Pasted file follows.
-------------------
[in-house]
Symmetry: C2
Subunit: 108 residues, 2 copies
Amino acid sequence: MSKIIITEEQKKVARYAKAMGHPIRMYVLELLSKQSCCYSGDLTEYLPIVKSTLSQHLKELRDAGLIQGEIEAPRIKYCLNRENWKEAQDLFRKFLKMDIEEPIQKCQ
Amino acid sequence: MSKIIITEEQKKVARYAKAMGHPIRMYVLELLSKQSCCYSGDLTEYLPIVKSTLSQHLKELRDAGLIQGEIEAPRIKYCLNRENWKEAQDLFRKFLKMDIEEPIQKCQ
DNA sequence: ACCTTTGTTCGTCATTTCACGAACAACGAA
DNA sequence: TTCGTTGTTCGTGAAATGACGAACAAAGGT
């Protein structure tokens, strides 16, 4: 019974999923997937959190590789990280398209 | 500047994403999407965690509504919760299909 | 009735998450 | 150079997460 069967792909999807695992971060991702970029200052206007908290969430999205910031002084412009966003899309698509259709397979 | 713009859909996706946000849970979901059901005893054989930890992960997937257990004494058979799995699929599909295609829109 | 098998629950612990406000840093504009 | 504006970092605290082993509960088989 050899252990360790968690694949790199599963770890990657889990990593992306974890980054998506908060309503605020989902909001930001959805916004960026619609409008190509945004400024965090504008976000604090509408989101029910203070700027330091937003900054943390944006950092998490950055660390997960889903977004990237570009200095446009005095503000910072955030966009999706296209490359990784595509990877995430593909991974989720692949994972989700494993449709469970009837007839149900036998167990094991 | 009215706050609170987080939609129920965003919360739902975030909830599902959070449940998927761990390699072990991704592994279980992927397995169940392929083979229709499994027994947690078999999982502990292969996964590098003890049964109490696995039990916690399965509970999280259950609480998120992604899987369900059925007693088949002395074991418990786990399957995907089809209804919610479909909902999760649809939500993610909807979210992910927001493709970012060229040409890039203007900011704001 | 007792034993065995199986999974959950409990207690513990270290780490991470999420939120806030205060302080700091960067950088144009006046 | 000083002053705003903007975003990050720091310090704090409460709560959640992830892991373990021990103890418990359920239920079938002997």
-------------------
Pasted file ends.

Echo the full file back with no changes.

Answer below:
[in-house]
Symmetry: C2
Subunit: 108 residues, 2 copies
Amino acid sequence: MSKIIITEEQKKVARYAKAMGHPIRMYVLELLSKQSCCYSGDLTEYLPIVKSTLSQHLKELRDAGLIQGEIEAPRIKYCLNRENWKEAQDLFRKFLKMDIEEPIQKCQ
Amino acid sequence: MSKIIITEEQKKVARYAKAMGHPIRMYVLELLSKQSCCYSGDLTEYLPIVKSTLSQHLKELRDAGLIQGEIEAPRIKYCLNRENWKEAQDLFRKFLKMDIEEPIQKCQ
DNA sequence: ACCTTTGTTCGTCATTTCACGAACAACGAA
DNA sequence: TTCGTTGTTCGTGAAATGACGAACAAAGGT
């Protein structure tokens, strides 16, 4: 019974999923997937959190590789990280398209 | 500047994403999407965690509504919760299909 | 009735998450 | 150079997460 069967792909999807695992971060991702970029200052206007908290969430999205910031002084412009966003899309698509259709397979 | 713009859909996706946000849970979901059901005893054989930890992960997937257990004494058979799995699929599909295609829109 | 098998629950612990406000840093504009 | 504006970092605290082993509960088989 050899252990360790968690694949790199599963770890990657889990990593992306974890980054998506908060309503605020989902909001930001959805916004960026619609409008190509945004400024965090504008976000604090509408989101029910203070700027330091937003900054943390944006950092998490950055660390997960889903977004990237570009200095446009005095503000910072955030966009999706296209490359990784595509990877995430593909991974989720692949994972989700494993449709469970009837007839149900036998167990094991 | 009215706050609170987080939609129920965003919360739902975030909830599902959070449940998927761990390699072990991704592994279980992927397995169940392929083979229709499994027994947690078999999982502990292969996964590098003890049964109490696995039990916690399965509970999280259950609480998120992604899987369900059925007693088949002395074991418990786990399957995907089809209804919610479909909902999760649809939500993610909807979210992910927001493709970012060229040409890039203007900011704001 | 007792034993065995199986999974959950409990207690513990270290780490991470999420939120806030205060302080700091960067950088144009006046 | 000083002053705003903007975003990050720091310090704090409460709560959640992830892991373990021990103890418990359920239920079938002997």